Sport proves nothing. Everyone knows that. Winning the World Cup doesn't mean that France is poised for a surge of self-confidence, resulting in higher economic growth and contentedness for all. Nor does it mean that social divisions are suddenly healed.
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Media captionFans celebrate as France wins World Cup 2018Sport proves nothing. Everyone knows that.
Winning the World Cup doesn't mean that France is poised for a surge of self-confidence, resulting in higher economic growth and contentedness for all.
Nor does it mean that social divisions are suddenly healed. In 1998 France won the Mondiale for the first time, and pundits prematurely proclaimed the emergence of a new multi-colour nation. No-one is so naïve this time round.
Victory does not even have any particular message for the health of French football.
True, the system has produced a prodigious new generation of players - many like the young superstar Kylian Mbappé born in the high-immigration suburbs or banlieues. And by general consensus, Didier Deschamps as manager has been a soft-spoken triumph.
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But let us face it: any one of half a dozen countries could have won the World Cup. In the end victory is also down to luck and timing, and whether a ball twists inside or outside a goalpost.
Image copyright AFP
Image caption Have these footballers restored pride to the streets of France?It was France that got the breaks. But as everyone knows, that proves nothing.
Tonight, as the country swarms out of the bars and on to the streets to celebrate, those are precisely the three prime emotions: confidence, unity and footballing pride.
For a quarter of a century France has been losing its self-confidence. And then in the last year - since the election of President Emmanuel Macron - there came a turnaround.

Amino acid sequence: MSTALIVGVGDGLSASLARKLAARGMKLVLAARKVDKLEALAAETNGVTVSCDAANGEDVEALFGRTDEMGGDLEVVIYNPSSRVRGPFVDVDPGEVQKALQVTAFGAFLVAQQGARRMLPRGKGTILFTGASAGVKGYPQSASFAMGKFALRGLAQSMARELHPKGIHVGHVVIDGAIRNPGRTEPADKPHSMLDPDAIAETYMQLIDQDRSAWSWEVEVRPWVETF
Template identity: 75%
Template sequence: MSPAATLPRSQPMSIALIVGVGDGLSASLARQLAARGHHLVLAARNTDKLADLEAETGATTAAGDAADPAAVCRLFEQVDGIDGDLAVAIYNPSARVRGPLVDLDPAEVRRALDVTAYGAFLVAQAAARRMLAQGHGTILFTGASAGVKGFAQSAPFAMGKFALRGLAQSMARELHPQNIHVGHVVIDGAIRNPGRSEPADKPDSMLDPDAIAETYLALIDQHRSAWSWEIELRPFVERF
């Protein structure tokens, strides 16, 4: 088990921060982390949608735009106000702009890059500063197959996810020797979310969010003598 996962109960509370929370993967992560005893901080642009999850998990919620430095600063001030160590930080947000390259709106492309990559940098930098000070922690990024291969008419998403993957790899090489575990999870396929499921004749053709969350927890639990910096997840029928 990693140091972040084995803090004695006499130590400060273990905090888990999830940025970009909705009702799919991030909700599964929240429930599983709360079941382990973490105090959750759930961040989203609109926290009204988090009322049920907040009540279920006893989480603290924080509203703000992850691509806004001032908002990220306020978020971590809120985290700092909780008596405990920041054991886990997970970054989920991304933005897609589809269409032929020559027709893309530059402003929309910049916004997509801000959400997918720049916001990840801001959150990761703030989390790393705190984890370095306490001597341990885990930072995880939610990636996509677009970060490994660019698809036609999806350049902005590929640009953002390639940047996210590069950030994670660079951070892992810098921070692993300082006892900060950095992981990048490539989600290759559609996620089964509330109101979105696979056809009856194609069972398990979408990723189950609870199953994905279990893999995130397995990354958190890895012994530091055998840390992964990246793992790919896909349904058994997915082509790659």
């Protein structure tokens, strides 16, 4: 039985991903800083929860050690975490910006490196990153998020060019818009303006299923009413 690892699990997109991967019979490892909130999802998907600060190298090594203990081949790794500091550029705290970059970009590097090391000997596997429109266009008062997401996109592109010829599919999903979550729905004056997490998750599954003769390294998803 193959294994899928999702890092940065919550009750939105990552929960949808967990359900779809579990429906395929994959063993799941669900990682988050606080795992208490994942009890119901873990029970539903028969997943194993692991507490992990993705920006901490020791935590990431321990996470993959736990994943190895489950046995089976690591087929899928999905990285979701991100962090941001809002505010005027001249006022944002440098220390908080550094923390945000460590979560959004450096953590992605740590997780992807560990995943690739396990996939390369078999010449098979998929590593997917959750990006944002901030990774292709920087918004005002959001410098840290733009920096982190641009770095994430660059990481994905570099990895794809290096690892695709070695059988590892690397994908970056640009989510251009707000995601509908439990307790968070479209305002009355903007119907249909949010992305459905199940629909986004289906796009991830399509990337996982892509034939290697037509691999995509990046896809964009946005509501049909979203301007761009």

Well of optimism
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Image caption President Macron's election has, perhaps, helped kick-start French changeIt would be silly to attribute this to Mr Macron alone - he is certainly not a universally popular figure. Perhaps better to see the president as personifying a change in society as a whole, as a younger, more adaptable generation takes the reins.
Whatever the case, no-one can mistake an air of cautious optimism about France today that is as welcome as it is unusual. Quite possibly this is aided by comparison with other countries - say the UK - that seem to the French to be on a downward curve.
But pleasure at the misfortune of others is still pleasure - and for the first time in years, people in France appear to feel (relatively-speaking) good about themselves.
Added to this is a new sense of unaggressive but unembarrassed patriotism in France that probably owes a lot to the terrorist attacks of the last three years.
The tricolour flies from the windows of homes; enlistment for the armed forces is up; the far-right no longer pretends to a monopoly on the symbols of the nation.
Rallying the nation
Image copyright Reuters
Image caption Will this rallying around an ethnically diverse football team extend to French society at large?In football, the country has found it easy to rally behind a team that projects both ethnic diversity and frank patriotic fervour. Kylian Mbappé - child of Cameroonian-Algerian parents - told Le Monde that all he wanted to do was "embody France, represent France and give my all for France".
Striker Antoine Griezmann made a similar outburst at a news conference on Friday, telling journalists that "we should be proud to be French. Life in France is good! We eat well. We have a beautiful country and a beautiful national team".
Long gone, in other words, are the days of surly silences during the singing of the Marseillaise.
Indeed, victory in Russia draws a final line under a dark period of French football, whose low point was the notorious "strike-on-the-bus" in South Africa eight years ago. It has been a long steady fightback under Deschamps but today the national side is securely back at the top.
In the last six World Cups, France has played three times in the final, and won twice. That is no mean achievement, and a tribute to the way the nation nurtures and keeps its talent. The banlieue wonderboys may leave for rich clubs in England and Spain, but they come back home when it counts.
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